Money Talks, So Should You

Q&A: How can I budget my severance pay after being laid off?

Mechel Glass
by Mechel Glass, Dimespring Contributor  (@CredAbility)

Unfortunately, many Americans have had to grapple with unemployment the past few years. The ones who received a healthy severance package at least got a bit of breathing room.

Workers who get enough of a severance to cover several months of living expenses should quickly create a plan to make it last as long as possible. If you haven’t totaled up your essential monthly expenses, this needs to be done right away.

READ: Three tips for starting a budget

Let’s say your monthly living expenses can be trimmed to $1,000 in necessities and your severance is $6,000. That is a reasonable budget that allows six months for a job search without tapping into savings or going into debt to pay living expenses.

You should treat your severance as a means to keep yourself afloat, not as an opportunity to take a vacation. It is important to live very lean until you have replacement income.

If you receive a lump sum severance payment, you will need to be disciplined and avoid treating the money as a windfall.

You should deposit the lump sum cash in a savings account, then transfer just enough to a checking account to make payments when needed.

READ: Tracking expenses is key to your budget success

The ideal budget for a severance package would be to not spend any of it on living expenses. People who quickly find a new job, or have created adequate emergency savings prior to a layoff, are in a good position to do this. By adding severance money to existing savings you can better weather the possibility that your next job won’t pay as much as the one you just lost.

Of course, many employers don’t offer generous severance packages. If you work for an employer that will only offer a few weeks of severance pay, do everything you can to keep your job and make building up savings a top priority.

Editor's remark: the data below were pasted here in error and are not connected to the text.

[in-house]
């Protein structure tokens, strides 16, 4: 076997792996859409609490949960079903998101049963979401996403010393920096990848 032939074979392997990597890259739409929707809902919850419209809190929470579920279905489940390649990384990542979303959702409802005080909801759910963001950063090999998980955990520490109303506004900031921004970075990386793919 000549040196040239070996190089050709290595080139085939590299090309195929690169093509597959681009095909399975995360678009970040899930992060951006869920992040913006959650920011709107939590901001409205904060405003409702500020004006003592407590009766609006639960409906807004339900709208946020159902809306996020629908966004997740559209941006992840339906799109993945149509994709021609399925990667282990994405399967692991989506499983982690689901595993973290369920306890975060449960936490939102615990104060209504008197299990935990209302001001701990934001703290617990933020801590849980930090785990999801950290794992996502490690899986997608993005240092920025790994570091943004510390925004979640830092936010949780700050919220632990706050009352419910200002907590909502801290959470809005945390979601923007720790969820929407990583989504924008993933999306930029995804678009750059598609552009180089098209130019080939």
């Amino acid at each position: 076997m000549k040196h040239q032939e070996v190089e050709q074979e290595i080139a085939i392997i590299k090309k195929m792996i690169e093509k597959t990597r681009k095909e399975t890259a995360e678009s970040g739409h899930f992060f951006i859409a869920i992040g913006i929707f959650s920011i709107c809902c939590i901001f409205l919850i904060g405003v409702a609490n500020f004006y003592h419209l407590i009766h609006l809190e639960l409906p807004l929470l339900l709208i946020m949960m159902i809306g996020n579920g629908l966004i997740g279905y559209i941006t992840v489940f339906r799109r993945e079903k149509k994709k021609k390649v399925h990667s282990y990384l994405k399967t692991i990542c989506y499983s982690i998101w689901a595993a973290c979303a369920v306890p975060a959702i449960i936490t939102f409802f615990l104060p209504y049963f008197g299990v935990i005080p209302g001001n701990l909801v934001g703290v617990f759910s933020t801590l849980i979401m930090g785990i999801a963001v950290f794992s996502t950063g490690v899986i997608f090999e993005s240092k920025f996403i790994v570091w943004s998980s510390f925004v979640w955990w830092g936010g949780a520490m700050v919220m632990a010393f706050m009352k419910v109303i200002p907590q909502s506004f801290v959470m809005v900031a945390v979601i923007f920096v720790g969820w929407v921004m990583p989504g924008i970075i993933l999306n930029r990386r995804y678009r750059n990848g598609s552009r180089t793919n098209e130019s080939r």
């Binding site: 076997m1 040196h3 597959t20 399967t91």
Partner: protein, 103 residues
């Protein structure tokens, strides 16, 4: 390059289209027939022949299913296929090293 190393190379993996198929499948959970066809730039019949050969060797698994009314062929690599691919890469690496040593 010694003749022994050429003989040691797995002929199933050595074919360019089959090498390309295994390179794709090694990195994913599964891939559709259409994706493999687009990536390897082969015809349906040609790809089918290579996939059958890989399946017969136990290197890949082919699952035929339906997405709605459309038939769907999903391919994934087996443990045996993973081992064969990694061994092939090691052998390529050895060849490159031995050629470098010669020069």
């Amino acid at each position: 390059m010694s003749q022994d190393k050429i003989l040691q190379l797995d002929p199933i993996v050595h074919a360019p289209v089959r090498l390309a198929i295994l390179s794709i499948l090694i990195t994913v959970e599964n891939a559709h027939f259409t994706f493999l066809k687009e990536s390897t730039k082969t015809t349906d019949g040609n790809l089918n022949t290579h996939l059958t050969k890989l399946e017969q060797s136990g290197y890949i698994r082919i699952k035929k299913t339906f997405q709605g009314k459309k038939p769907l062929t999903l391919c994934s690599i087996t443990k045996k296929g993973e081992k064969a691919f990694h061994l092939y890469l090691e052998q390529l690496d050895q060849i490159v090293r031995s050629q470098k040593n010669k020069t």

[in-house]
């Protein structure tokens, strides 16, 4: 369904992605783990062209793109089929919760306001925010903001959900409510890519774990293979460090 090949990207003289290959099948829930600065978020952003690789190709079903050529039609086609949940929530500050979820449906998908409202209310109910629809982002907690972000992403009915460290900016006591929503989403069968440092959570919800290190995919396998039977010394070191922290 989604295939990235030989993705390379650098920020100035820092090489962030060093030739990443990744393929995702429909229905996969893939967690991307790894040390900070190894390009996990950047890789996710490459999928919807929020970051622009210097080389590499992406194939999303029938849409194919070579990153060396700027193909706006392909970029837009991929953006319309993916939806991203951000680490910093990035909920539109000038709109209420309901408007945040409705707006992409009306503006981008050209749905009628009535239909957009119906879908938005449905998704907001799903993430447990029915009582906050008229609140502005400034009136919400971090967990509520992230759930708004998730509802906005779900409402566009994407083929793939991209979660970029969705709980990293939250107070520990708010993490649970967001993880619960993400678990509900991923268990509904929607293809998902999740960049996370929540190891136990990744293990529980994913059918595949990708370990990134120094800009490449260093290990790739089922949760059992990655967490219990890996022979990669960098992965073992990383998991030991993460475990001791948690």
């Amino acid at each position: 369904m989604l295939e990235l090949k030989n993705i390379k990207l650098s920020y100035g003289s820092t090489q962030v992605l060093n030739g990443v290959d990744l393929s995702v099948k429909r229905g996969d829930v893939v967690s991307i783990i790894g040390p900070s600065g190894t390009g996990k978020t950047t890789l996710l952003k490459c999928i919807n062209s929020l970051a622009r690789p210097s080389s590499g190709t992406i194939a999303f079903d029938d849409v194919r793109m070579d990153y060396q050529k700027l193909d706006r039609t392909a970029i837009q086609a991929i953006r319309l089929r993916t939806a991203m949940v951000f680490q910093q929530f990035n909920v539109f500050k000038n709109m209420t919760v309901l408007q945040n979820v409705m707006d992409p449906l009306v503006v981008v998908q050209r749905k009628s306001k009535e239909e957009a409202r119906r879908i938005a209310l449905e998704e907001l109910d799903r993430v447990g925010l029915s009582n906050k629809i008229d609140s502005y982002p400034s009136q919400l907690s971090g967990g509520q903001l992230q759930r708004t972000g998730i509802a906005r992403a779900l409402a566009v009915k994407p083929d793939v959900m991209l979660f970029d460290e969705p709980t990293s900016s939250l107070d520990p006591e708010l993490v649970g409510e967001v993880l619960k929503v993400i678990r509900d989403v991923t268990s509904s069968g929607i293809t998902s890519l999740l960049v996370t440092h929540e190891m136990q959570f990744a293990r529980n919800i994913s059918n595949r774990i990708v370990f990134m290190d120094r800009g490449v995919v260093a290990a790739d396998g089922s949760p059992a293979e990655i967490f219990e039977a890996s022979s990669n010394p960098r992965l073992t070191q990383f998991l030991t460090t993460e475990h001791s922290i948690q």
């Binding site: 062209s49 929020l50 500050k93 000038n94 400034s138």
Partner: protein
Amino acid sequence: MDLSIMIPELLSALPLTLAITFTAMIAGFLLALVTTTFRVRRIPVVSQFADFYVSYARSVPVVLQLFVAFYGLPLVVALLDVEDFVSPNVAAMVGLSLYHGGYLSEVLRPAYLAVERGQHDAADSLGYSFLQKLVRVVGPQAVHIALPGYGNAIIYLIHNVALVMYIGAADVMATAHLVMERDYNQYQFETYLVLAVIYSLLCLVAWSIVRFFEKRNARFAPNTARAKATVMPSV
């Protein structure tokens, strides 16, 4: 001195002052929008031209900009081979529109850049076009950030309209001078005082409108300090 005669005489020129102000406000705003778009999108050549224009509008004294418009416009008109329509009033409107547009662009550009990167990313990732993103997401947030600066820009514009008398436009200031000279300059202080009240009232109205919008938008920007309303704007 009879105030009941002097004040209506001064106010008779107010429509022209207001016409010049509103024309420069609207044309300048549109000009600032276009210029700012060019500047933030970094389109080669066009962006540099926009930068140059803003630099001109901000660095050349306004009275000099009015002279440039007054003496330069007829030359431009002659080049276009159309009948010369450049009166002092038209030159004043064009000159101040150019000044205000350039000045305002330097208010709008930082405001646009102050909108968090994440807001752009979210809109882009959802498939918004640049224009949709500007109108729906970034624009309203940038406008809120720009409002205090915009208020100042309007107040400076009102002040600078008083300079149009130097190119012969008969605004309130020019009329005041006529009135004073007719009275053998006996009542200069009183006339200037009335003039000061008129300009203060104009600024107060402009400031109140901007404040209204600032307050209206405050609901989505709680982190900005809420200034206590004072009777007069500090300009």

If you lose your job, educate yourself about the resources and benefits that may be available to you. Contact your local state department of labor to learn how to qualify for unemployment. Many times those departments offer career counseling, resume coaching and other support for the unemployed. Don’t be too proud to take advantage of those services.

READ: Advice for building your emergency cushion

And if your employer offers anything other than money as part of the separation, be sure to take them up on it. Severance packages often include career coaching, employee assistance programs and continuing health insurance at lower rates than individuals can negotiate.

I hear sad stories from credit counselors all the time about people who had good incomes, were laid off and then failed to make lifestyle changes to adjust to the situation. They sought out a credit counselor only after they financed living expenses with credit cards, ran through their retirement savings or fell behind on their mortgage — and sometimes all three.

So there can be dire consequences if you don’t stick to a lean budget after you’ve lost income.

 

Mechel Glass is vice president of community outreach for CredAbility. She is responsible for coordinating community outreach and financial education activities across the agency’s regions and developing new education programs for both classroom settings and online. Glass, a U.S. Army veteran, is also co-author of “The Veteran’s Money Book,” scheduled for publication in April 2014 by Career Press. The book can now be ordered on Amazon.com.